Let’s Be Clear

There has been plenty of discussion in my blog’s combox over the past few days concerning Matthew 27:52-53. Fr. Robert, whom I assume most of my readers are familiar with, has taken a certain position on the interpretation of this passage (i.e., he believes it to be apocalyptic and non-historical), but when challenged he has failed to provide arguments for his position or to address the arguments against it. He has appealed to R. T. France’s NICNT commentary without telling us how France supports his position or why we should find France compelling. He has repeated himself ad nauseam and rambled on and on about things that are irrelevant to the discussion. Don’t take my word for it, please, wade through the comments and see for yourself.

So after his most recent round of comments he stated (for the second time in as many days) that a blog is not the place to have fruitful discussions of this sort. Here are his two comments to this effect:

Kyle: First, on an open blog it is very hard to engage all of the so-called arguments and issues. I confess that my blogs have been general, and somewhat overarching here. (September 18, 2011 at 8:01 pm)

This is a blog, if we were face to face it might be somewhat different? But as I have said before, the blog is always a poor commutator! Anyway that’s how “I” feel! :) (September 19, 2011 at 2:44 pm)

So I said in response:

Also, you’ve now said twice that you can’t communicate properly on blogs, or something of the sort. I’m going to have to agree. I haven’t been able to understand you. So I’m going to ask that you stop commenting until you are able to express yourself clearly. And you might have noticed that I’ve deleted some of your comments. I will continue to delete all irrelevant comments and I’m going to start deleting all repetitive comments as well. I’ve been as patient as I can be. (September 19, 2011 at 3:25 pm)

I’ll just remind everybody that “as the author/administrator of this blog I am sovereign over the comments. I have the right to allow people to break the rules or to demand that they strictly adhere to them. I have the power to approve, delete, or edit comments at my discretion. I also have the right and power to ban commentators at will.” (Comment Policy) I didn’t owe Fr. Robert a warning but I gave him one anyway. He took it personally and then responded very childishly (see the top three of his deleted comments here to see what I’m talking about – the others were simply irrelevant to anything).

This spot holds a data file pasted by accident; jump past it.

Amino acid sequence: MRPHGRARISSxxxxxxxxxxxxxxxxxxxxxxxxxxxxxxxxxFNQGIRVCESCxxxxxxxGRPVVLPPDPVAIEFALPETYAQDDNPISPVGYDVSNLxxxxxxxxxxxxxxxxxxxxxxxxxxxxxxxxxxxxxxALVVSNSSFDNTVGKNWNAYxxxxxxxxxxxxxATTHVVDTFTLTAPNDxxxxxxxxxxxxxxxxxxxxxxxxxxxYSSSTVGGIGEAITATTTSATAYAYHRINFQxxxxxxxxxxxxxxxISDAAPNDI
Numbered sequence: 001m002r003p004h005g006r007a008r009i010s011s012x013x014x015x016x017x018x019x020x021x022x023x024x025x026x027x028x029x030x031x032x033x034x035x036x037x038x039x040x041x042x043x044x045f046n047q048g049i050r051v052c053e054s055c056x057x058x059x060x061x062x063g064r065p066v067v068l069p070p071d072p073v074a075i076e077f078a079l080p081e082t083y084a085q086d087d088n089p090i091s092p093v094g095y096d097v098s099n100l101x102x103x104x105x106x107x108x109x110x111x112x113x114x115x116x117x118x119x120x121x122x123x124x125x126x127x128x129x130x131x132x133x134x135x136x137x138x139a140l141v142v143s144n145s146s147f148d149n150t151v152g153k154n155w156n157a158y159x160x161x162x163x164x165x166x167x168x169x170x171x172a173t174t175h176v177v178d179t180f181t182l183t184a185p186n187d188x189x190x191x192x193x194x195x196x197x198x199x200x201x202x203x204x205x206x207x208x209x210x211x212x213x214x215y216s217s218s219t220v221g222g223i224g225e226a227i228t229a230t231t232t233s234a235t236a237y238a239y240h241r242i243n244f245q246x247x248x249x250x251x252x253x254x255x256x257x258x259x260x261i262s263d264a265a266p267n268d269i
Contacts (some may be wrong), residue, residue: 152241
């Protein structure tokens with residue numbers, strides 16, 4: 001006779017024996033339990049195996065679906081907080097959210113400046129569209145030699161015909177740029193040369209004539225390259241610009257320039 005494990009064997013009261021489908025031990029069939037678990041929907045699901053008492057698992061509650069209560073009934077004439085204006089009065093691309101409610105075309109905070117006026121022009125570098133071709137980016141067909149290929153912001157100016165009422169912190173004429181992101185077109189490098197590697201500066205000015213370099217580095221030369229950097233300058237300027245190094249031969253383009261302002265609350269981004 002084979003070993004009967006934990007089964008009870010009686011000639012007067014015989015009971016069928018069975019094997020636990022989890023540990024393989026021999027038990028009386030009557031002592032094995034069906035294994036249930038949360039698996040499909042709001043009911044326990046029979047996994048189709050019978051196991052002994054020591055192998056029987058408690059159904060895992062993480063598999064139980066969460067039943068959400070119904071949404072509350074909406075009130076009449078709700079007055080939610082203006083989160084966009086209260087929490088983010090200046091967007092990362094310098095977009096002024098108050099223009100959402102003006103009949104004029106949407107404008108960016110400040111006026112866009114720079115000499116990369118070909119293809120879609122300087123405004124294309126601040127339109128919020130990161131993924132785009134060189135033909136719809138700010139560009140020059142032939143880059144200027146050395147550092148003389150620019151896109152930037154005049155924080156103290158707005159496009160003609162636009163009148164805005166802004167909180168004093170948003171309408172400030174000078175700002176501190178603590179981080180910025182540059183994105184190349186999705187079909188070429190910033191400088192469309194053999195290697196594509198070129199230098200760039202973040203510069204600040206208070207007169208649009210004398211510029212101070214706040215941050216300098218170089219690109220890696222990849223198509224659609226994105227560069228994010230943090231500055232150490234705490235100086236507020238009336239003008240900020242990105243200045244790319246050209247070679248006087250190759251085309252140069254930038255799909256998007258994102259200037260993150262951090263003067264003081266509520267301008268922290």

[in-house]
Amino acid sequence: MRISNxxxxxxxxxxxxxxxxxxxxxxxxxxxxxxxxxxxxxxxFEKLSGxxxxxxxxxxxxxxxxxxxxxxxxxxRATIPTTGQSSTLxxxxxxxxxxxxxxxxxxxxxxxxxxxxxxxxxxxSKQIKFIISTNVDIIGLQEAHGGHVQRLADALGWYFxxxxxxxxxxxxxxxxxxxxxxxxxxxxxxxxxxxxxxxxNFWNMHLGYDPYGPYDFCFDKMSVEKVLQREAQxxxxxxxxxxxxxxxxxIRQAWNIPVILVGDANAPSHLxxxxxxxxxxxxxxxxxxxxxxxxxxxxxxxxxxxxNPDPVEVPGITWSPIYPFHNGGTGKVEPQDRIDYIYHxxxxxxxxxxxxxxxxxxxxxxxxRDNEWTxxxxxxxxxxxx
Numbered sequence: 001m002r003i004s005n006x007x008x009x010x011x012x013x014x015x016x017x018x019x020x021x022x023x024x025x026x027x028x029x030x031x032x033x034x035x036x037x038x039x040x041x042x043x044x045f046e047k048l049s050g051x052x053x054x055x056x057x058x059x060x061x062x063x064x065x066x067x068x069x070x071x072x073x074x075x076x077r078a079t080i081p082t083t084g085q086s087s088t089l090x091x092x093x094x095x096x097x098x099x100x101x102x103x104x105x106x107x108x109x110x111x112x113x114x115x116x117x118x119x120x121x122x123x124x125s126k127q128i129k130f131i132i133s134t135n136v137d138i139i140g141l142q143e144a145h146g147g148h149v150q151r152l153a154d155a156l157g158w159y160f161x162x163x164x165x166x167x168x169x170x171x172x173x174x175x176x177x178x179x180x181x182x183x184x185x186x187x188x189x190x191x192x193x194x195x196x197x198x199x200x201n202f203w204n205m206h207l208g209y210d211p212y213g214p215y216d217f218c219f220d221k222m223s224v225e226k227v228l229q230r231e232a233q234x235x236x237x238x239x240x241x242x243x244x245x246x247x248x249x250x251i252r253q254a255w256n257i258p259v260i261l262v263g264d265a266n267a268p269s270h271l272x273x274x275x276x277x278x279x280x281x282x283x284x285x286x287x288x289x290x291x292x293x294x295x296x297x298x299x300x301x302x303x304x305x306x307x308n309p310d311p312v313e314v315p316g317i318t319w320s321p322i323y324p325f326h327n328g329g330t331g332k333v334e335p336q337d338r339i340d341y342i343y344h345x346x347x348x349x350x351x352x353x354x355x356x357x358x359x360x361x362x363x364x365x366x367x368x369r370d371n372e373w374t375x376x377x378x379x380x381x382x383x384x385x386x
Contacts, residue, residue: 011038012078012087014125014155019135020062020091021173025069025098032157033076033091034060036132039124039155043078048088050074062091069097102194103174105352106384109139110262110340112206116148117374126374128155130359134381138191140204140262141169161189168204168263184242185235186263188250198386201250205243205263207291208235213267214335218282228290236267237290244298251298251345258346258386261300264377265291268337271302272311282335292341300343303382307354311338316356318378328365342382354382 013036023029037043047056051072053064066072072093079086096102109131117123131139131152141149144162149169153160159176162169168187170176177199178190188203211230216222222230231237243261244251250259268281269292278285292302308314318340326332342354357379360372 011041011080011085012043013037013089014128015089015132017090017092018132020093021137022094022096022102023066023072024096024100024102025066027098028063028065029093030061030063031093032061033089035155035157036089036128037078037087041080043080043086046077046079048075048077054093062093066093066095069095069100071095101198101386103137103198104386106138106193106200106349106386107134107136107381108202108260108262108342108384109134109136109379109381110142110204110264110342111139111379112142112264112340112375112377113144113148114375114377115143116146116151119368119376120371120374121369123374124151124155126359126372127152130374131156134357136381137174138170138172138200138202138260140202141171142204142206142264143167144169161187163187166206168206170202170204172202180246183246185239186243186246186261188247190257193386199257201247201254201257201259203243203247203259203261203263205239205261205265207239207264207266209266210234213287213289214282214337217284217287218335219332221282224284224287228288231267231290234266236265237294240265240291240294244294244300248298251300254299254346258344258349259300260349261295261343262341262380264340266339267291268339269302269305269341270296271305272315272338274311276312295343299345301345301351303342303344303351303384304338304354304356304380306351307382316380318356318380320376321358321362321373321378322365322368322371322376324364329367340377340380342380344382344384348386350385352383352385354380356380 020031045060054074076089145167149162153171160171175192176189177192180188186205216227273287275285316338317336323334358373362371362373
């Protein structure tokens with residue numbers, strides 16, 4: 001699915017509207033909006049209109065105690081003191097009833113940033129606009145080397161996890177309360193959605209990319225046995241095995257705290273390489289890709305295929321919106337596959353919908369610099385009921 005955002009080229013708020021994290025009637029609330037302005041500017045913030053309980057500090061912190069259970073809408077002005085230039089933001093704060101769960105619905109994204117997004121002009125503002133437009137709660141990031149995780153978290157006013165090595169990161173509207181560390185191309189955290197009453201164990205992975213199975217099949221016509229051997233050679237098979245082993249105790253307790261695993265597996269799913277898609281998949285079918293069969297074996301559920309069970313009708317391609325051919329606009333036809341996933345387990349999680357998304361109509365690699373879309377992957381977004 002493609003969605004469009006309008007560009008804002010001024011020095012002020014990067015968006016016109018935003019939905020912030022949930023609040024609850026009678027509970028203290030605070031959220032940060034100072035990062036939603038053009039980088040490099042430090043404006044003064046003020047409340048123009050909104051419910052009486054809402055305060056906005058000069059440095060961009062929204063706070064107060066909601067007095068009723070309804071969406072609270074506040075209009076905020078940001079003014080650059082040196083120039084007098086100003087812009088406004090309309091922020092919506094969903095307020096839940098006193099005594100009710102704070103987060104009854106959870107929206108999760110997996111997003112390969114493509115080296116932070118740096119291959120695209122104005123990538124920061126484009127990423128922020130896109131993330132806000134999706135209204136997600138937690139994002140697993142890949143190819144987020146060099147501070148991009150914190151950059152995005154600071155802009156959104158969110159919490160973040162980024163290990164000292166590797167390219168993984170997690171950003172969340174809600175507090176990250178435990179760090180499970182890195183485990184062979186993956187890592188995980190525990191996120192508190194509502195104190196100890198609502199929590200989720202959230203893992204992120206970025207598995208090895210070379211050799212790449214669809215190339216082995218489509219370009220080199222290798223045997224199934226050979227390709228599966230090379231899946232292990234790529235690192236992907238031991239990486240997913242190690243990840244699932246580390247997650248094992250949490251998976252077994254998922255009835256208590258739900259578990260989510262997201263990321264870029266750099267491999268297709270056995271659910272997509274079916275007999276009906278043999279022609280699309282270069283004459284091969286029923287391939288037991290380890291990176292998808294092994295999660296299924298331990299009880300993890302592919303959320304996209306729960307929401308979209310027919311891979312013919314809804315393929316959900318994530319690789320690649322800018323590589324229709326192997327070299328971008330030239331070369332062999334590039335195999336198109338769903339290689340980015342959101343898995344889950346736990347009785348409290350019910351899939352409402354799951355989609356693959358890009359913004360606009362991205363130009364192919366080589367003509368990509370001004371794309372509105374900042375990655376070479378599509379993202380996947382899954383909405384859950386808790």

But I just saw that Fr. Robert ran over to Marc Cortez’s blog and said the following:

Just a note, but I was asked by Nick to leave his blog over this subject (which I have done), I suggested maybe your thoughts and arbitration? He was silent. Anyway, this issue and subject got nasty, I simply kept reiterating the “apocalyptic” position itself! I did not want to play their game, I mean how many ways does one need to say this theological point? I simply became the fall guy for the position, it seems? And btw, I have written Locona personally. (September 19, 2011 at 1:32 pm)

Now let’s be clear. I did not ask Fr. Robert to “leave [my] blog over this subject.” I asked him to “stop commenting until [he is] able to express [him]self clearly.” He can continue to comment on the subject so long as he actually says something of substance.

And suggesting Marc’s arbitration was silly. This is my blog. I arbitrate. I like and respect Marc a lot, but he has no authority to arbitrate anything ’round these parts. I don’t go to his blog to settle disputes so why would Fr. Robert expect him to come to mine and do it?

I will also point out that things only got nasty when Fr. Robert made them nasty. He started hurling accusations at Steve Hays about what Steve was implying in a post that I linked to.

Fr. Robert certainly kept “reiterating the ‘apocalyptic’ position itself,” but he did so without any actual arguments! That was the issue in the first place! The constant repetition with nothing of substance to back it annoyed me to the point where I couldn’t take it any more! And he obviously didn’t want to play our “game” since we (by that I have in mind myself and Kyle Essary for the most part, but also Steve Hays to a lesser degree) asked him to explain himself and argue his case.

So to Fr. Robert I say: Get a grip, stop playing the victim, and try to be a bit more honest. Your recounting of the events leaves much to be desired. You’re welcome to comment over here whenever you want to as long as you contribute to the discussion rather than stifle it. You’ve admitted to making very general comments on the issue as well as making the same point so I’ll remind you of two other points in my comment policy:

Do Be specific. If you have a point to make then make it. Don’t be unnecessarily vague and speak in generalities. I want to know what you have to say but I don’t want to have to work to get you to say it.

Don’t Repeat yourself. They say that repetition is the mother of skill; well I don’t care. If I (or someone else) disagrees with you then don’t keep repeating yourself in hopes that I (or they) will eventually agree with you. It’s probably not going to happen. If you think that people disagree with you because they just don’t understand you then think again; I’ve found that many disagreements are the result of understanding precisely what someone is saying. And don’t ask a question expecting a certain answer and then continue to ask it once you’ve been answered with something unexpected. Again, repeating yourself is not likely to make anyone change their mind.

You’ve made me work much too hard to get you to defend your position and you’ve repeated non-arguments more times than anyone else would ever get to on this blog. I’ve extended that courtesy because I like you, but I can only stand so much. So if and when you’re ready to “play my game” then come on back.